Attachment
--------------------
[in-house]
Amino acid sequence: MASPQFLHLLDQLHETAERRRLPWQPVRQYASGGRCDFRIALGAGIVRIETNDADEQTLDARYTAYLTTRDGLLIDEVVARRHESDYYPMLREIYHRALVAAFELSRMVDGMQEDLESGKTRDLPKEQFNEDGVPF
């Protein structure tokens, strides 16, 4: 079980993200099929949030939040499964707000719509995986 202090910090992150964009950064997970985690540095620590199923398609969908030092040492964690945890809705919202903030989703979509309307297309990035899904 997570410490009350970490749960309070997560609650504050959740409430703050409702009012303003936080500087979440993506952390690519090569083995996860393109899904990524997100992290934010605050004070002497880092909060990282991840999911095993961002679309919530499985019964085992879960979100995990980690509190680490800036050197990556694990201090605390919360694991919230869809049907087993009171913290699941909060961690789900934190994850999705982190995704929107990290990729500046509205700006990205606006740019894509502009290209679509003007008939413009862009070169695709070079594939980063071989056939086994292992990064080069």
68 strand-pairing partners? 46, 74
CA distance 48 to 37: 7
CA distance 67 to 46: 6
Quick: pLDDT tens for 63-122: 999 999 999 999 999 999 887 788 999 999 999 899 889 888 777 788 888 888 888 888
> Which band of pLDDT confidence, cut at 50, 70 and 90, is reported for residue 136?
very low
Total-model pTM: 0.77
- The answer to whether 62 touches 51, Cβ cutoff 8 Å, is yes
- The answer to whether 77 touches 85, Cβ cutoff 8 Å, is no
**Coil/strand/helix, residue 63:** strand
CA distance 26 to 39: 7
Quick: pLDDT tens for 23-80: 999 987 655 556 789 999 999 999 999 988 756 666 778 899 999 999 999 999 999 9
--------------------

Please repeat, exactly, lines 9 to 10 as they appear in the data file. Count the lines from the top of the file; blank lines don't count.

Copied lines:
very low
Total-model pTM: 0.77